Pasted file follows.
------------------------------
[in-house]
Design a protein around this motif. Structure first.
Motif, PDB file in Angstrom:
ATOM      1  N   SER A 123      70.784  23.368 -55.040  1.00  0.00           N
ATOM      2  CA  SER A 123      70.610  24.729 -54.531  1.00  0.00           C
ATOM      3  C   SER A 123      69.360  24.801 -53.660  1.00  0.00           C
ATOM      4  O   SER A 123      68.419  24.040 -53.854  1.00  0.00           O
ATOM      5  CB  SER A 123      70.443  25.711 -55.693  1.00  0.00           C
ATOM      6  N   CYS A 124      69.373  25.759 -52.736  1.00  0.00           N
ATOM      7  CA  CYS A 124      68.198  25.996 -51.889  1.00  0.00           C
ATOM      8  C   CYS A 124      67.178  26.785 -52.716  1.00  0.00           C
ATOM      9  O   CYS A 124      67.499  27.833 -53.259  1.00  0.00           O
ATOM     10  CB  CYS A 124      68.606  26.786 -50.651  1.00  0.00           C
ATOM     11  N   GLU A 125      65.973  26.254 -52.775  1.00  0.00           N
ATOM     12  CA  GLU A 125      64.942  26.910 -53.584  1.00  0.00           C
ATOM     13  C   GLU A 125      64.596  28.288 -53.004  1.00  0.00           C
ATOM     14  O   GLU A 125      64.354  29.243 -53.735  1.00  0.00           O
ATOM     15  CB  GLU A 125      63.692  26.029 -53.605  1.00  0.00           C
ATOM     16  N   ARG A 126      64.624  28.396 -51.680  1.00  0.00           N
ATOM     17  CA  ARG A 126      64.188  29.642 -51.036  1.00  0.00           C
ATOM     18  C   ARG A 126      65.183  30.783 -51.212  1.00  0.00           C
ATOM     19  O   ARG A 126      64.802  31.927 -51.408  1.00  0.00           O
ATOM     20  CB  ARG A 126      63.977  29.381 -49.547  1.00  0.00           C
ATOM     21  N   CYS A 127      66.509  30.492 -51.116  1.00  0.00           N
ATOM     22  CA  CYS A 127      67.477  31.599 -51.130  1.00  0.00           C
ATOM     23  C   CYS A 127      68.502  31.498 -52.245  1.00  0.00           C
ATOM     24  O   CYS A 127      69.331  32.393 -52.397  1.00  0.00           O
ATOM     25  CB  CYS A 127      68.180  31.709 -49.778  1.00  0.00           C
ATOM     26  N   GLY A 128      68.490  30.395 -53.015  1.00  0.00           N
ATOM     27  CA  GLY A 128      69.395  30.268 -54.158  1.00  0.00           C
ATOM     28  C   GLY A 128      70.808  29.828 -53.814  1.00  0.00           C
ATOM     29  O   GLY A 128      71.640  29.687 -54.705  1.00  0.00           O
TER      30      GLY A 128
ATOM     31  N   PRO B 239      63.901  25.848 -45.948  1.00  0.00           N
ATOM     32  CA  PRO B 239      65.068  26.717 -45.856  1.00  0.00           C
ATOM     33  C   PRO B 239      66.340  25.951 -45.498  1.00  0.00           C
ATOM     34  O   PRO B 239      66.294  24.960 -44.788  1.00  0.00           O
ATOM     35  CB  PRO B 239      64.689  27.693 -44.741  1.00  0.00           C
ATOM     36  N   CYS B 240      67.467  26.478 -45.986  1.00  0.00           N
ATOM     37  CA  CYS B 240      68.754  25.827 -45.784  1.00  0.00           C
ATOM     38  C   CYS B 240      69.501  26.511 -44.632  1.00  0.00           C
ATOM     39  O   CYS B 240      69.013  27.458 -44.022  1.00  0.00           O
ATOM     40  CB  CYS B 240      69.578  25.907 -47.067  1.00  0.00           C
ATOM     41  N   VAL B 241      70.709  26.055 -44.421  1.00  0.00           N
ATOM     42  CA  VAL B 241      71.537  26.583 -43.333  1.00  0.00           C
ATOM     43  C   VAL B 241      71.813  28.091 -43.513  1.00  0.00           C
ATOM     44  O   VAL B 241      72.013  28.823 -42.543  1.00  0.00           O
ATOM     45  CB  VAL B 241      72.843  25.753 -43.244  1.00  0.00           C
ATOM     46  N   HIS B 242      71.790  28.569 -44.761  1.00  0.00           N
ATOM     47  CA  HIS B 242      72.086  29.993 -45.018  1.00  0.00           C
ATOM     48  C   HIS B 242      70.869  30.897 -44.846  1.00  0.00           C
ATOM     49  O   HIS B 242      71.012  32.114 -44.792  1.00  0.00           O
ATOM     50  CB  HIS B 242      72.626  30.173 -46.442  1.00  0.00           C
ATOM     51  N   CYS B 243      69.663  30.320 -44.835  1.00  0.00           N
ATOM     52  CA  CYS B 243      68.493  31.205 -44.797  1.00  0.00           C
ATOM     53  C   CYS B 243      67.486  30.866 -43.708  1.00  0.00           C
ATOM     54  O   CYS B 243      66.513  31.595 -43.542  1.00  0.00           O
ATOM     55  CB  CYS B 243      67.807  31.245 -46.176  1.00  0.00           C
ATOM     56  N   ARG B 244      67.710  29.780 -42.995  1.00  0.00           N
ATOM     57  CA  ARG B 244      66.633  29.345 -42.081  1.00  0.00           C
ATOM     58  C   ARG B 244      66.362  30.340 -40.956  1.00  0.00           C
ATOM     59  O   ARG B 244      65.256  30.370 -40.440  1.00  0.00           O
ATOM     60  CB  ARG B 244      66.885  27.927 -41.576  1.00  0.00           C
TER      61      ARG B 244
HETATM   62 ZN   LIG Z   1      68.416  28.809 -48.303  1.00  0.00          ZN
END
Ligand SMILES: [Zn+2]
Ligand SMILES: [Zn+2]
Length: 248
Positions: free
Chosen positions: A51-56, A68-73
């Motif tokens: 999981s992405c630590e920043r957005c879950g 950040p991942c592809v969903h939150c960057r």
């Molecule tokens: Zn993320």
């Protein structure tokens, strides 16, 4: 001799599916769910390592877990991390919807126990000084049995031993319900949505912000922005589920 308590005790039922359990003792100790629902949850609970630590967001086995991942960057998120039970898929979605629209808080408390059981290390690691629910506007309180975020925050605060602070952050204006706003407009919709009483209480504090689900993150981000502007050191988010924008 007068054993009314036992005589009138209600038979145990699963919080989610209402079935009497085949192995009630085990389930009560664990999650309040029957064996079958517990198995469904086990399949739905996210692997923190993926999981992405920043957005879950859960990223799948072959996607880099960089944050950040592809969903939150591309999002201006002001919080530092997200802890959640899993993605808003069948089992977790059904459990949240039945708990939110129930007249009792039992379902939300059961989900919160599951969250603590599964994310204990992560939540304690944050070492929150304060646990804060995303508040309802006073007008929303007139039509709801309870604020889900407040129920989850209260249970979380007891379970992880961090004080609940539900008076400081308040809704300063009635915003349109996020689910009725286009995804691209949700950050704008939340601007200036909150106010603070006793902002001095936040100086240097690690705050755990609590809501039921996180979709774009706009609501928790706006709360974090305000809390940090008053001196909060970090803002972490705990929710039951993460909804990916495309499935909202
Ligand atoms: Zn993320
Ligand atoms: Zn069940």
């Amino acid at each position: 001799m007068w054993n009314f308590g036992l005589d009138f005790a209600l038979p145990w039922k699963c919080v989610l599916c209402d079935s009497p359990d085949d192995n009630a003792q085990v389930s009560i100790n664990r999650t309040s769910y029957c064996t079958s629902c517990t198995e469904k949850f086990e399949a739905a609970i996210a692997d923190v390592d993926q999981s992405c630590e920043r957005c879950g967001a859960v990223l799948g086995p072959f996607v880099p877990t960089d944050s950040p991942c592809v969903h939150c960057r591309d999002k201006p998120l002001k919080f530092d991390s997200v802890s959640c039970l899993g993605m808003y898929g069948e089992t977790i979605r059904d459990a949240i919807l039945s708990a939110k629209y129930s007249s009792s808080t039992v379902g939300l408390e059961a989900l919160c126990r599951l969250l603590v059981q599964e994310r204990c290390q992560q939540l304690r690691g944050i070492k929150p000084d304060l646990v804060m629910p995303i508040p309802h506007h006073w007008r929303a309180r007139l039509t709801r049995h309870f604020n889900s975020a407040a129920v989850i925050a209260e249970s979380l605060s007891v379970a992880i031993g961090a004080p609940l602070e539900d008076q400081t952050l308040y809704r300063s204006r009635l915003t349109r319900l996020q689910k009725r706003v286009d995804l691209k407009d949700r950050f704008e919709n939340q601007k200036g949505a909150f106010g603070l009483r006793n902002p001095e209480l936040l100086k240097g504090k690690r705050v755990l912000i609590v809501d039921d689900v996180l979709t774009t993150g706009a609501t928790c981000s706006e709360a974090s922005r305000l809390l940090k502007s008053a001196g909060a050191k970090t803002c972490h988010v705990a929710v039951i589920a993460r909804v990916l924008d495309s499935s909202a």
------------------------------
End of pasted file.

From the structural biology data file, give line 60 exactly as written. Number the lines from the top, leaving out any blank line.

ATOM     57  CA  ARG B 244      66.633  29.345 -42.081  1.00  0.00           C